The best books forever change the way you see something – and that is what The Overstory has done for me and my connection to nature – and specifically trees.
It is hard to describe, so I will start with these three passages from different parts of the book:
That’s the trouble with people, their root problem. Life runs alongside them, unseen…A chorus of living wood sings to the woman: If your mind were only a slightly greener thing, we’d drown you in meaning.
As the lady officer in the station takes her fingerprints, she feels, for the first time since her father’s death, like she’s given the day everything it wanted.
The essay flickers under his fingers. He can’t follow it, can’t decide whether it’s brilliant or rubbish. His whole self is dissolving. All his rights and privileges, everything he owns. A great gift that has been his since birth is being taken away. It’s a grand luxurious act of self-deceit, an outright lie, that claim of Kant’s: “As far as nonhumans are concerned, we have no direct duties. All exists merely as means to an end. That end is man.”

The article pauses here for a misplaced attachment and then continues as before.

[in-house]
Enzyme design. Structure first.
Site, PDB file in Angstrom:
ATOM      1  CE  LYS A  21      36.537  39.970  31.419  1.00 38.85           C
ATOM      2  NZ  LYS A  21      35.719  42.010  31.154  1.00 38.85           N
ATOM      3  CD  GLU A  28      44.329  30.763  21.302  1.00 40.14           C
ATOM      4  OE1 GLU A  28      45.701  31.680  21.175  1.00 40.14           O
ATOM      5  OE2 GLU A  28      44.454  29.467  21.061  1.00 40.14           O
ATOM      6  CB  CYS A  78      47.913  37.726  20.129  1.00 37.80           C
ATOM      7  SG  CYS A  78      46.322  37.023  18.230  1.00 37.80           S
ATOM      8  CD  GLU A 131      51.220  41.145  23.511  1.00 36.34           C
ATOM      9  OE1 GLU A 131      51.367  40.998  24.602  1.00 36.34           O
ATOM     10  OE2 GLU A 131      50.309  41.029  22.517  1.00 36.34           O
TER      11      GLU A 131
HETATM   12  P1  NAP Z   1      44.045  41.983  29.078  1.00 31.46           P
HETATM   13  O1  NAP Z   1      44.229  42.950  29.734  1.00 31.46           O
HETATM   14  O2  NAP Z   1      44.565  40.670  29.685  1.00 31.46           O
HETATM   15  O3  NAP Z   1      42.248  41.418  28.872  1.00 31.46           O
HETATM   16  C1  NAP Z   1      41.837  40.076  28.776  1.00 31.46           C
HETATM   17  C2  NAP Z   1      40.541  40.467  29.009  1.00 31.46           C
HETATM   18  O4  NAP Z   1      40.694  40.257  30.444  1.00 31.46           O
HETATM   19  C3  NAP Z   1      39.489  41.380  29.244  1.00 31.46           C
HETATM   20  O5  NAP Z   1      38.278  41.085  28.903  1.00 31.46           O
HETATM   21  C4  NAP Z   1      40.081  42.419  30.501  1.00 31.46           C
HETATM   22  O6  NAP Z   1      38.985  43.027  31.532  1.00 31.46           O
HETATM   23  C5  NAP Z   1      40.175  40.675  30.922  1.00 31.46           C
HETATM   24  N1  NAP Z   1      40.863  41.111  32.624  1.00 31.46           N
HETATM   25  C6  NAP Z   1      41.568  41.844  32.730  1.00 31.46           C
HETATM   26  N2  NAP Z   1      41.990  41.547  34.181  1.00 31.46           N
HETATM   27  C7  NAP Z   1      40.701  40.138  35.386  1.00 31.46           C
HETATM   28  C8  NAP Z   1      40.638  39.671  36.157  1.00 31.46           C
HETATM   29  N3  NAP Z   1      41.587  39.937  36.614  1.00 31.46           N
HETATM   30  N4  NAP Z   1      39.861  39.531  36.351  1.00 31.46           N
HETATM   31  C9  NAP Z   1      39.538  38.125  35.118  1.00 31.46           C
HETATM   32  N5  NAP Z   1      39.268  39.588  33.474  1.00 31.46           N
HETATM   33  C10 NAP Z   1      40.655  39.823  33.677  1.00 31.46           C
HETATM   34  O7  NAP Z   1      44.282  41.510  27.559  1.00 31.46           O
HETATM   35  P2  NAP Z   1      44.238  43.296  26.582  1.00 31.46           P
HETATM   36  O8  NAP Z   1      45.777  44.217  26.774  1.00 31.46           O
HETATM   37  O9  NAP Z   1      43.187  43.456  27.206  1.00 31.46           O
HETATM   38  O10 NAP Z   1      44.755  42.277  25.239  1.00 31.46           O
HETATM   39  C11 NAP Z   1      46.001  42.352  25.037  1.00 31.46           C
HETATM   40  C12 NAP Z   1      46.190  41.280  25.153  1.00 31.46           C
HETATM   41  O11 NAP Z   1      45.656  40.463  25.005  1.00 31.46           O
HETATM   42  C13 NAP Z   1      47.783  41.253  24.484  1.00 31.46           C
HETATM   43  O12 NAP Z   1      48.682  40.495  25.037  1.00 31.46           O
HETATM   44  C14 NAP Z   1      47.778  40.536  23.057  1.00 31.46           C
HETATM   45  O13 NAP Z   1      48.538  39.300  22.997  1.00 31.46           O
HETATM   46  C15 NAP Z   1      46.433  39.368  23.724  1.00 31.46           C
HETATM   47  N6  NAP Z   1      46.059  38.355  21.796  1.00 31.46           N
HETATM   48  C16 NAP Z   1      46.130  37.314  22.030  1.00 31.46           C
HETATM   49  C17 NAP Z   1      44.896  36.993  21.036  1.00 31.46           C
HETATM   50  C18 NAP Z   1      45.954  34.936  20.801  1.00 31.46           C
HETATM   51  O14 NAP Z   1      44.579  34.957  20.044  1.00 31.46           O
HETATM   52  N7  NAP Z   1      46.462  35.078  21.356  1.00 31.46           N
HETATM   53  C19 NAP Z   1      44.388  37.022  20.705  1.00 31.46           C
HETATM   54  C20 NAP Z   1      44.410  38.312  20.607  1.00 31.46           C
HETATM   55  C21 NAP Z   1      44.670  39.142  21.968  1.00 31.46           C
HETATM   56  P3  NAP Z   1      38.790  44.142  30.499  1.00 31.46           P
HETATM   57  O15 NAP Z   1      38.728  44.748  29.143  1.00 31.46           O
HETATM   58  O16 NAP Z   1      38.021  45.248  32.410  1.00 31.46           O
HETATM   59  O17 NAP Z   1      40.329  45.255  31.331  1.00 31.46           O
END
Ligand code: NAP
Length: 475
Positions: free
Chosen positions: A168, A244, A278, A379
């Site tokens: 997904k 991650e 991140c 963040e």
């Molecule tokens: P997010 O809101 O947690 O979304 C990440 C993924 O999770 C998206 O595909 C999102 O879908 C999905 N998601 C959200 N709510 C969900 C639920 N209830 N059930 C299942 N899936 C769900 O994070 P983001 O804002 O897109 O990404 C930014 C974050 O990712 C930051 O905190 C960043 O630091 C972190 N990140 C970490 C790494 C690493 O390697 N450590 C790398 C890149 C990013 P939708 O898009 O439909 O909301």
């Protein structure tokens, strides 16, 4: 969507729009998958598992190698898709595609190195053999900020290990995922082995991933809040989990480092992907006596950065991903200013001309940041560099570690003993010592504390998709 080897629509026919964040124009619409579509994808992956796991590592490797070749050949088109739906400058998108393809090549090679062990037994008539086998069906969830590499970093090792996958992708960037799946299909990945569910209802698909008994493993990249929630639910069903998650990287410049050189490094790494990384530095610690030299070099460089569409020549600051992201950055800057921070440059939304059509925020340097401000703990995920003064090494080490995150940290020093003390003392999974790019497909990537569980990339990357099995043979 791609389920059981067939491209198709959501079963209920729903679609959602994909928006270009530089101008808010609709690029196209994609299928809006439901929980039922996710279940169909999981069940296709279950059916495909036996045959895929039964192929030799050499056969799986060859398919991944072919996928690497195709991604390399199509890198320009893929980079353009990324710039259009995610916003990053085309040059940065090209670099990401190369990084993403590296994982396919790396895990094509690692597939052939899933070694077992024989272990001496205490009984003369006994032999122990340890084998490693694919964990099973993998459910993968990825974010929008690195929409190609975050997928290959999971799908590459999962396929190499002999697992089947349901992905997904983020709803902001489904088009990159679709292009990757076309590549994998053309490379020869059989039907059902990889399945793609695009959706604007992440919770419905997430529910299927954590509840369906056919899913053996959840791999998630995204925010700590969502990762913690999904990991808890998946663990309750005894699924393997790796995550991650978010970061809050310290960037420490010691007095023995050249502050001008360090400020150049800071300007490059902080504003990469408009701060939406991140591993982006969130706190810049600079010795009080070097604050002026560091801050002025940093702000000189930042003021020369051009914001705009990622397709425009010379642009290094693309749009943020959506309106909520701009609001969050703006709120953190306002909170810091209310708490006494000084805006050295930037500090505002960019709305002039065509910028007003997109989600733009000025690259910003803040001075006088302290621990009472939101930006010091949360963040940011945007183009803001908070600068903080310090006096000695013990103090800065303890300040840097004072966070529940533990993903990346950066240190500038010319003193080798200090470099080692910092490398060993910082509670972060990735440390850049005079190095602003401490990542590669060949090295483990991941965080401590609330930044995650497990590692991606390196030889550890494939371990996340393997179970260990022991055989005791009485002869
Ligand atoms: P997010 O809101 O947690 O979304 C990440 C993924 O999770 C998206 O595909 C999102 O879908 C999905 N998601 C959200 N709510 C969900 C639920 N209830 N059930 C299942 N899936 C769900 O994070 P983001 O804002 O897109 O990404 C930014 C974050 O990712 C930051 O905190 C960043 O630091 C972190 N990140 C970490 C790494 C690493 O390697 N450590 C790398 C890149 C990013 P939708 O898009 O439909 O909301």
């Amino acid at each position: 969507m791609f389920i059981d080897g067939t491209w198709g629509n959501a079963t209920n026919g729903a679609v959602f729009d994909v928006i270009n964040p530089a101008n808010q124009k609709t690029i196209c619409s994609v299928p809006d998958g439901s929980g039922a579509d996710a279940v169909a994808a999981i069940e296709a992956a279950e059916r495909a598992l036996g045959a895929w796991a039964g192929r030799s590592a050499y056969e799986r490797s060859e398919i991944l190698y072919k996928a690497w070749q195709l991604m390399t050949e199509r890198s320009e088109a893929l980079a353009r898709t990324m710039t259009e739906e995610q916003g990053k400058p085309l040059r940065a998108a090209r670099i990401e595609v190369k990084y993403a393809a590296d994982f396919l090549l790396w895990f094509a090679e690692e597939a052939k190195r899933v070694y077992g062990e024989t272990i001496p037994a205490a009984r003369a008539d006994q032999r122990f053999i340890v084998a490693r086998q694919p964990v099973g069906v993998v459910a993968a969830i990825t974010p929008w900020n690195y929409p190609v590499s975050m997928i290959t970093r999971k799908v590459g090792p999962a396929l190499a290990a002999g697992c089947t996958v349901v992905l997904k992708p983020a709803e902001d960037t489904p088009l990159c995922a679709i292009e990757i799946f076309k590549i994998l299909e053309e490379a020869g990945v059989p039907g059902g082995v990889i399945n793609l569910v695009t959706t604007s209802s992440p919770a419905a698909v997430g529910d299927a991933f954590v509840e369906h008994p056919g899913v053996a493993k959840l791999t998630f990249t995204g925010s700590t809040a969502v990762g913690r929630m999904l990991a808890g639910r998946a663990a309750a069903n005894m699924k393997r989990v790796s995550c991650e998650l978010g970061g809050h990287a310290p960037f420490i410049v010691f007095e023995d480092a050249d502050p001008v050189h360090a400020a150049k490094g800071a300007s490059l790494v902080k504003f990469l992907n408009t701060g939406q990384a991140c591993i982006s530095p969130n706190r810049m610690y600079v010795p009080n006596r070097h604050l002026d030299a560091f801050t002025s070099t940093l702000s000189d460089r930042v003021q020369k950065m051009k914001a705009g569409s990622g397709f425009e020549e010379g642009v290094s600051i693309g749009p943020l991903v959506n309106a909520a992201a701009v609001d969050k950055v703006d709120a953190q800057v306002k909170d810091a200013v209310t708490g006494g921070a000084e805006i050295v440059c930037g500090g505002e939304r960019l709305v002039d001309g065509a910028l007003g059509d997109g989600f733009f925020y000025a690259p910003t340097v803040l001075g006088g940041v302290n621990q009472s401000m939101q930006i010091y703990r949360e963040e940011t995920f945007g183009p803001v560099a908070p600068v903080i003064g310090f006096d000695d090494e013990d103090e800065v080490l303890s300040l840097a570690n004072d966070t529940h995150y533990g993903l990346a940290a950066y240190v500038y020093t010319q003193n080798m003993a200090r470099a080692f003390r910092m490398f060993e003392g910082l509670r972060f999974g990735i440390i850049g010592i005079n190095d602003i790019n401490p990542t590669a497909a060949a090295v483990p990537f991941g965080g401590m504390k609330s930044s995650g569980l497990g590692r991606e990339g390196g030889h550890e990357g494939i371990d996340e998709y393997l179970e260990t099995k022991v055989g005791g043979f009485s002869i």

The book is chiefly about connections – with each other, with previous and future generations and with nature and the living world. Trees play a prominent role, some might consider them characters or catalysts of the plot itself.
In reading the book (full disclosure, I’m not even finished yet), it has been an act of pure discovery and humility.
It does not overtly advocate for us to change how we see the world or to become better stewards of our environment. Yet by allowing me to reflect on what it had to say, it has done just that.
It is embarrassing that I can’t name but a few trees I come across in nature or have such little appreciation for the life one has lived and given.
To think that we pass trees that have been in our backyards since before the revolutionary war and don’t bat an eyelash or pause to marvel at it’s journey north to the sky, south into the soil and across one generation to the next.
We cut them down without hesitation. Waste their by products, like paper, without a second thought to its source. Blind to how truly connected we are, we cut their noses and spite our own faces.
Knowing the name of a thing is the first step to seeing its value and protecting it. Stopping to reflect on its journey the second. Sharing that journey with others, the third.
Consider this shared. Here is a link to buy a copy (it’s printed on recycled paper), or better yet, download it or reserve it at your local library.
Thanks for reading the latest from Moving Up.